Keeping up with the Cup: August 4 - LA Kings Insider

WESTWARD, HO! When we last spoke, Jake Muzzin had just received a key to the city of Woodstock, Ontario. As of now, the Cup is two provinces to the west, having called at several Saskatchewan cities in addition to criss-crossing the Manitoba-Ontario border.

First, it was time for Senior Pro Scout and 20-year Kings hockey operations veteran Rob Laird to have his second day with the Cup – and first day with the Cup in his hometown of Regina, where he celebrated with fellow Regina Pats alumni. Click here for pictures of the event, courtesy of Voice of the Pats Phil Andrews.

Laird, who currently lives in Fort Wayne, Indiana (he played eight seasons with the Fort Wayne Komets), helped raise money for HOPE for Animals Low Cost Spay/Neuter/Wellness Clinic – where his wife works – when he hosted his day with the Cup two years ago. This time, he helped raise money for the ALS Society of Saskatchewan while celebrating with his mother and immediate family.

From Greg Harder with the Regina Leader-Post:

“I’ve spent 20 years with the Kings now. We had some lean years early on … but now we’re a team that has won twice in the last three years. It’s an unbelievably hard trophy to win because there are so many good hockey teams right now. We’re still situated where we’re going to be competitive for the next four or five years.”

Despite the unheralded nature of his position, Laird has been a key contributor to the Kings. He originally joined the organization in 1994 as the head coach of their IHL affiliate, the Phoenix Roadrunners. He moved to the scouting staff two years later and currently serves as their senior pro scout.

Former Pat Brad Hornung, who became paralyzed from a hit during a WHL game in 1987, was also on hand for the celebration.

From there, the Cup traveled east to the small community of Wildwood, Saskatchewan, where Brent McEwen, Amateur Scout-Western Canada, grew up. The former Saskatoon Blades General Manager celebrated with friends and family in Saskatoon two years ago. From’s Summer with Stanley blog:

“When I had it in Saskatoon, I had it at the university where I worked for a number of years. I thought if we ever won it again, I would really like to bring it back here when I grew up and my family still lives,” McEwen told “It’s really a great opportunity for people to get close to the Cup. That’s what it’s all about. Sharing it with people I grew up with in an area I grew up in. It’s great.”

After receiving the Cup in the morning, McEwen brought it to the Ochapowace Cree Nation at noon. He and the Cup were greeted by a traditional Cree drumming ceremony. McEwen received a warm welcome at an event hosted at the Chief Denton George Memorial Multiplex, where locals got the opportunity to see the Cup up close. It was the perfect housewarming for the arena, which opened in May and hosts a hockey school run by McEwen’s brother, Brad, who is the assistant general manager and head scout for the WHL’s Medicine Hat Tigers.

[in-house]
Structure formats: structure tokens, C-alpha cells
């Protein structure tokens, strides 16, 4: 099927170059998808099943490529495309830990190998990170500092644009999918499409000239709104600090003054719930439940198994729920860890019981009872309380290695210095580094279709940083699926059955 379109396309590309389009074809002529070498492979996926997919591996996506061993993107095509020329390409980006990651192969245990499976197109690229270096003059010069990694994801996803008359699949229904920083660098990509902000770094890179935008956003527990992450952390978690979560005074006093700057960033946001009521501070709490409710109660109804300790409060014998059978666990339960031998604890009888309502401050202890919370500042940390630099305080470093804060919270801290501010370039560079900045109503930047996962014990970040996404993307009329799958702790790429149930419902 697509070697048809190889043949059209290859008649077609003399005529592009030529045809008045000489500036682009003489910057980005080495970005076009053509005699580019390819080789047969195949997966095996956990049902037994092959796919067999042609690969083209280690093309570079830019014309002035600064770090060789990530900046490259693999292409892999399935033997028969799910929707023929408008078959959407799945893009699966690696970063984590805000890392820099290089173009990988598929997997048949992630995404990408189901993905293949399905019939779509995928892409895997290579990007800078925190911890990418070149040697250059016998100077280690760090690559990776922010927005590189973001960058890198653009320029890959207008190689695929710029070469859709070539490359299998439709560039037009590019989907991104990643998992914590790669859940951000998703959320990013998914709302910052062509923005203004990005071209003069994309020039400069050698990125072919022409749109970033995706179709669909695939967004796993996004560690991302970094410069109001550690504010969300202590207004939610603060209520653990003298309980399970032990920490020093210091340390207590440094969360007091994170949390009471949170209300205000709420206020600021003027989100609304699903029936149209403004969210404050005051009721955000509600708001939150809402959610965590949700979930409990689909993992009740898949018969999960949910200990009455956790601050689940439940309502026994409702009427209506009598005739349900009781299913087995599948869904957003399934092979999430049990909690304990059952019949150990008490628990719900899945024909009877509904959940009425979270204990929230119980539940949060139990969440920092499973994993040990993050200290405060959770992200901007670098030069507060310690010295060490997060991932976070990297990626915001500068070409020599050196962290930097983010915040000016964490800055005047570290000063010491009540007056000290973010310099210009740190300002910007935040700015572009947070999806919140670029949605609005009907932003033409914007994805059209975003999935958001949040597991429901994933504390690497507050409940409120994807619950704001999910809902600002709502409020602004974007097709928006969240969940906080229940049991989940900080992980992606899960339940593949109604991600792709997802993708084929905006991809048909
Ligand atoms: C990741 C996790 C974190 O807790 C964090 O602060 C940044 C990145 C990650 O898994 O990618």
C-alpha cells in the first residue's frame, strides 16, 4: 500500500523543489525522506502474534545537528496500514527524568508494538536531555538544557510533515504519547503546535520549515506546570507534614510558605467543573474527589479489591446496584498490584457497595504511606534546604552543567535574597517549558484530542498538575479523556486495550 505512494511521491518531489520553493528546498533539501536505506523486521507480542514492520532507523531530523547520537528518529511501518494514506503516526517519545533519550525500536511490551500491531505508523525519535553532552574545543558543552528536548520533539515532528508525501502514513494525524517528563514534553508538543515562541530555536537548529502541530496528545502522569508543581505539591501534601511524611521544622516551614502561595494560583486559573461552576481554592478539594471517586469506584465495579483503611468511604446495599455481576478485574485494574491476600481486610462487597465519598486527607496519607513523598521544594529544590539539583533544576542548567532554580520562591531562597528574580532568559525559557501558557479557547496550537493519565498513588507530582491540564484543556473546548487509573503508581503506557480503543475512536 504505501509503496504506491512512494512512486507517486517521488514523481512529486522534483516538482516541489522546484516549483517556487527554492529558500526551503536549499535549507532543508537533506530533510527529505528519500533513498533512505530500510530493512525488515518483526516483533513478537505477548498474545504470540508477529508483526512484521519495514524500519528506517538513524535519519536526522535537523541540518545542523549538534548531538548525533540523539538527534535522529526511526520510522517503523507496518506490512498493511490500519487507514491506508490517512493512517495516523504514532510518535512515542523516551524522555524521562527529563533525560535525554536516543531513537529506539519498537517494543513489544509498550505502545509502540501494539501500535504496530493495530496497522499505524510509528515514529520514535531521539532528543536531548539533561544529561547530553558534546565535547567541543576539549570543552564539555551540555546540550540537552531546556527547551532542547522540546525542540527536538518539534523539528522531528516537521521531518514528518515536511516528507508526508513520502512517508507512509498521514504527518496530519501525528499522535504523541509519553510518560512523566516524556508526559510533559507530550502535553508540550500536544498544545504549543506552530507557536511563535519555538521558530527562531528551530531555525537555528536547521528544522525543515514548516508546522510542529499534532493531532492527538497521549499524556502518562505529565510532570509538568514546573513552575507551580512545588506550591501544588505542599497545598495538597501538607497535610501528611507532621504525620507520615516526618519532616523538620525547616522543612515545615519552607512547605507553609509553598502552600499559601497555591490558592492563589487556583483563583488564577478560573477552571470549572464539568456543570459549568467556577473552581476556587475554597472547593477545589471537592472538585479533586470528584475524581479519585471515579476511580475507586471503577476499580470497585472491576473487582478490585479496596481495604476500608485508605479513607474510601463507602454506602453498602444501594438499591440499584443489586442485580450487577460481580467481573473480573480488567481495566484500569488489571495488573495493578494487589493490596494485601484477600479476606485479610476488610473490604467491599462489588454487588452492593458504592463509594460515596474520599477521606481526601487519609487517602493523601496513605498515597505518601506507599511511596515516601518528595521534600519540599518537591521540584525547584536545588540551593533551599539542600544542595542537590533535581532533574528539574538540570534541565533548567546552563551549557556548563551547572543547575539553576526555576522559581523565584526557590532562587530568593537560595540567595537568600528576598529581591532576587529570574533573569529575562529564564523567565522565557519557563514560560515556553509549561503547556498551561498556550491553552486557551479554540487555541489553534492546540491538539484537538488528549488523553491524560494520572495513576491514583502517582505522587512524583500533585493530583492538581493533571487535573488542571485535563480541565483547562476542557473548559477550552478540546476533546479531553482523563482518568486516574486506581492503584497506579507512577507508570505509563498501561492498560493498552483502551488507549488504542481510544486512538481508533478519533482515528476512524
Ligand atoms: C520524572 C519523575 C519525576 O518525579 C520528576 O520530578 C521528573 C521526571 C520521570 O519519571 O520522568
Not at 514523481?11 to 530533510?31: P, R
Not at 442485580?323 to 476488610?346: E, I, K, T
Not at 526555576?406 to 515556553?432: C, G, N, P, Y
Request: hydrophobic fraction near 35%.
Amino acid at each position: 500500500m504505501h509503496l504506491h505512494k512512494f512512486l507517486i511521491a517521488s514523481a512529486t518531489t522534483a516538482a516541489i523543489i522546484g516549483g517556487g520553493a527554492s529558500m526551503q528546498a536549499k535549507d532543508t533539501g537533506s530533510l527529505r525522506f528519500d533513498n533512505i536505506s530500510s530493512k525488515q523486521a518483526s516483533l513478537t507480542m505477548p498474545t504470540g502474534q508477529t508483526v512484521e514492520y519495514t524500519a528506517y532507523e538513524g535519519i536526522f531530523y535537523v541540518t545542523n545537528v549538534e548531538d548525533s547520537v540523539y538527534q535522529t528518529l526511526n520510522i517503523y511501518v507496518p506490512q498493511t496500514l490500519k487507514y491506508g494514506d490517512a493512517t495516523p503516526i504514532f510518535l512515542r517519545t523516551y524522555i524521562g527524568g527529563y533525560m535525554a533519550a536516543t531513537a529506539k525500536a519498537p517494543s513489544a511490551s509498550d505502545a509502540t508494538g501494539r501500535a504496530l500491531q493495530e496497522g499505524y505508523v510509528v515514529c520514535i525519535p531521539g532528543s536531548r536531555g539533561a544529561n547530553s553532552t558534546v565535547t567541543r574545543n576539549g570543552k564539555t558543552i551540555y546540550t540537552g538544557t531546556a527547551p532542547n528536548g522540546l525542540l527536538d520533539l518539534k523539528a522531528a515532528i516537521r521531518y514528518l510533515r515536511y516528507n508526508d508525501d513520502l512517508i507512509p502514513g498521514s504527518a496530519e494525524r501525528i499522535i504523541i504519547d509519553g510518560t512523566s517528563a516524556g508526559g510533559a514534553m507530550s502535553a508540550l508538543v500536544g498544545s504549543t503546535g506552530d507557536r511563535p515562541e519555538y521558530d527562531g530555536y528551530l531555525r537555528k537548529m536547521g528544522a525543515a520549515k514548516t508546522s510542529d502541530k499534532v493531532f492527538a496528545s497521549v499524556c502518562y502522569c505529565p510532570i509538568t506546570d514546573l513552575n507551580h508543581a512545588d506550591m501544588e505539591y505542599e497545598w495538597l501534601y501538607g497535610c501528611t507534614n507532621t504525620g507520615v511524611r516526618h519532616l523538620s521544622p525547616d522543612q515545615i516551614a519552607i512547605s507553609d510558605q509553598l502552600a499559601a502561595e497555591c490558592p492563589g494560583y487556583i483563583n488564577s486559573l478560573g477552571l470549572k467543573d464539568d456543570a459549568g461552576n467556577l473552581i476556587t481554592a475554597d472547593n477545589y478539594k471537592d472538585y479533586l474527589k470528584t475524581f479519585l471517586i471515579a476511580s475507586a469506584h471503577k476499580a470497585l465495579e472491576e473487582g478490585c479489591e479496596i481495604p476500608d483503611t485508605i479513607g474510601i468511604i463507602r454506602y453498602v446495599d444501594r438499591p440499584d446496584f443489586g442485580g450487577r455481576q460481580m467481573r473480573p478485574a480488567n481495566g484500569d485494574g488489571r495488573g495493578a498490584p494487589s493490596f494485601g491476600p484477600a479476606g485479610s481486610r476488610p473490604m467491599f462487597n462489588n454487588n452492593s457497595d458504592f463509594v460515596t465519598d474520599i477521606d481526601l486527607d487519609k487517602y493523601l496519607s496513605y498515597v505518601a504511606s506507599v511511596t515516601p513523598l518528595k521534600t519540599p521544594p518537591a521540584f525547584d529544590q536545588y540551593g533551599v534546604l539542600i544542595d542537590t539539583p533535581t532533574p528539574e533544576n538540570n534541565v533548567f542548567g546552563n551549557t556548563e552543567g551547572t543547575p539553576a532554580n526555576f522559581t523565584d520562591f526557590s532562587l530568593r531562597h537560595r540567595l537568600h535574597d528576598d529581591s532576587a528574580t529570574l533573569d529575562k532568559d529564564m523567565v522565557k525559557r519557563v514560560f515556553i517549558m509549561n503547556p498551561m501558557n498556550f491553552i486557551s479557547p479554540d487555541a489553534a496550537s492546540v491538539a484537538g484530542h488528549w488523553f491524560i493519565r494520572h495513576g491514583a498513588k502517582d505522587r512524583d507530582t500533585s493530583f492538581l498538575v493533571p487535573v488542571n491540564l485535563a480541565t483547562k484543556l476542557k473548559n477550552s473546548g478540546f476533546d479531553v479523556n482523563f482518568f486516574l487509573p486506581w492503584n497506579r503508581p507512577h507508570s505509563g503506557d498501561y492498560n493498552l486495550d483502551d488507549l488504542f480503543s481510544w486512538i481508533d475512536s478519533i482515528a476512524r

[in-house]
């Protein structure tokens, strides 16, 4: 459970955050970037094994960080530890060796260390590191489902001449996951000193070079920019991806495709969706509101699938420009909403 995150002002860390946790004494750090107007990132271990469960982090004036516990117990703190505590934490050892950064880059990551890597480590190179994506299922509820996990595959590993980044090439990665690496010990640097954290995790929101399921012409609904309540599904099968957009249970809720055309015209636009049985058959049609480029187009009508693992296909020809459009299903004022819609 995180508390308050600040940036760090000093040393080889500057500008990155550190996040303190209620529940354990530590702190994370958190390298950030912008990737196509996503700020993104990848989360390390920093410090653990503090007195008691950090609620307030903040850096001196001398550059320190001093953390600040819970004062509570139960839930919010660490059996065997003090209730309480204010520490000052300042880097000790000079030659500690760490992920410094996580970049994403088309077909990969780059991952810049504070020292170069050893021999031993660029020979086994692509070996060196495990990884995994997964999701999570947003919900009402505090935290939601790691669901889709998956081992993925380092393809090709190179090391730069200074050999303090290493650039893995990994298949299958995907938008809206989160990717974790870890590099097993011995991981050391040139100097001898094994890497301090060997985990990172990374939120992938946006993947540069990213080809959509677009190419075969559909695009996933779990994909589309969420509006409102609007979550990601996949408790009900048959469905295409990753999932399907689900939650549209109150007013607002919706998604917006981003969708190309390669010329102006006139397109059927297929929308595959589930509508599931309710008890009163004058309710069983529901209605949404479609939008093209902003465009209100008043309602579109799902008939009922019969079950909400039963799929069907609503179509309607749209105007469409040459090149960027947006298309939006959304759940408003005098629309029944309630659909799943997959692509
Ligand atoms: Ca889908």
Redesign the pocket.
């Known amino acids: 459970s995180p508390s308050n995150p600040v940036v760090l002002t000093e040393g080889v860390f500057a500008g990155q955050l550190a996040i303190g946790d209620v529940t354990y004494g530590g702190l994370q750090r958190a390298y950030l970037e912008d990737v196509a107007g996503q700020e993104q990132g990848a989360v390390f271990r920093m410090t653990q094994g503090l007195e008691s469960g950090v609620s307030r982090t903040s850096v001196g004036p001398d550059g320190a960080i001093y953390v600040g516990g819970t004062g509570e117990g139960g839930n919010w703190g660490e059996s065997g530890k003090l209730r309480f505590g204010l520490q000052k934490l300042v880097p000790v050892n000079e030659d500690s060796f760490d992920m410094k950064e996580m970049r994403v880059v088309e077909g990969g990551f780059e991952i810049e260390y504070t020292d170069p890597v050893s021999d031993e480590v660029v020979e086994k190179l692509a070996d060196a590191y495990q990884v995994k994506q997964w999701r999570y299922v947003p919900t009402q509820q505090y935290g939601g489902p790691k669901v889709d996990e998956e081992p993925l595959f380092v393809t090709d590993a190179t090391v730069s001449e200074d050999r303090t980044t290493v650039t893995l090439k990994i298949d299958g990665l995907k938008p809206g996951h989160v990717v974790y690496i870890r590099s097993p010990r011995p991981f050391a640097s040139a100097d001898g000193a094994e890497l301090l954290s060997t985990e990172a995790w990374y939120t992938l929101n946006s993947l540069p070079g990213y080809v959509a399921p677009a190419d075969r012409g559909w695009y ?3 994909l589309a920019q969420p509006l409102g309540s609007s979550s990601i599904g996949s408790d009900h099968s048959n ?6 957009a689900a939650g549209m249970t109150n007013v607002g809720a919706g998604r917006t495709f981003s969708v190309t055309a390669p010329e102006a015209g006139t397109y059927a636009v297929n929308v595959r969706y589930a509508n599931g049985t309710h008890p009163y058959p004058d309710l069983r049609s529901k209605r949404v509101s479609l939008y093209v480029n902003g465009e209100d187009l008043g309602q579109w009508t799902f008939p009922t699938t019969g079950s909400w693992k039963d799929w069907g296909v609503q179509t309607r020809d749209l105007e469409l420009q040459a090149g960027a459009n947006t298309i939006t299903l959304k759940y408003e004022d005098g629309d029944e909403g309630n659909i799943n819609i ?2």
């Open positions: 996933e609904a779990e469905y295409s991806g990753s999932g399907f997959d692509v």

“I was surprised at Ochapowache,” McEwen said. “There were probably 400 people and the present population is about 600. It was really good.” McEwen also helped raise money for the local volunteer fire department last Wednesday.


The Cup traveled across province lines to Brandon, Manitoba, where Head Equipment Manager Darren Granger celebrated with family – and hopefully shot well below his handicap. It wasn’t a bad year for Granger, who will add a second championship ring to the gold medal he earned with Canada at the Winter Olympics.

And then the Cup crossed back into Ontario. Mike Richards was an Ontario Hockey League star – a Memorial Cup all-star (and champion) and a CHL all-star with the Kitchener Rangers – and hails from the town of Kenora, which is actually only two hours east of Winnipeg in the western part of the province. The town is situated on Lake of the Woods, which is primarily located in southwestern Ontario but also extends into Manitoba and remote northern Minnesota. In other words, this isn’t the heavily populated Windsor-London-Toronto-Ottawa corridor that is often associated with Ontario. Phil Pritchard has some excellent photos, but for now, we’re turning photography duties over to FOX Sports West’s Jack Wilson, who accompanied Richards and Jarret Stoll (and will accompany Robyn Regehr and Dwight King) on their days with the Stanley Cup. Here’s a reminder that Jack has been to Viking, Alberta.

From Amber McGuckin of the Kenora Daily Miner and News:

Mike Richards from the Los Angeles Kings paraded the cup through Kenora to kick off the August long weekend on Friday.

He was perched on the back of a white truck between the Stanley Cup and the Clarence S. Campbell Bowl, the Western Conference Cup, as he went from Bernier Drive and east on Lakeview Drive waving at the hundreds of people along the road.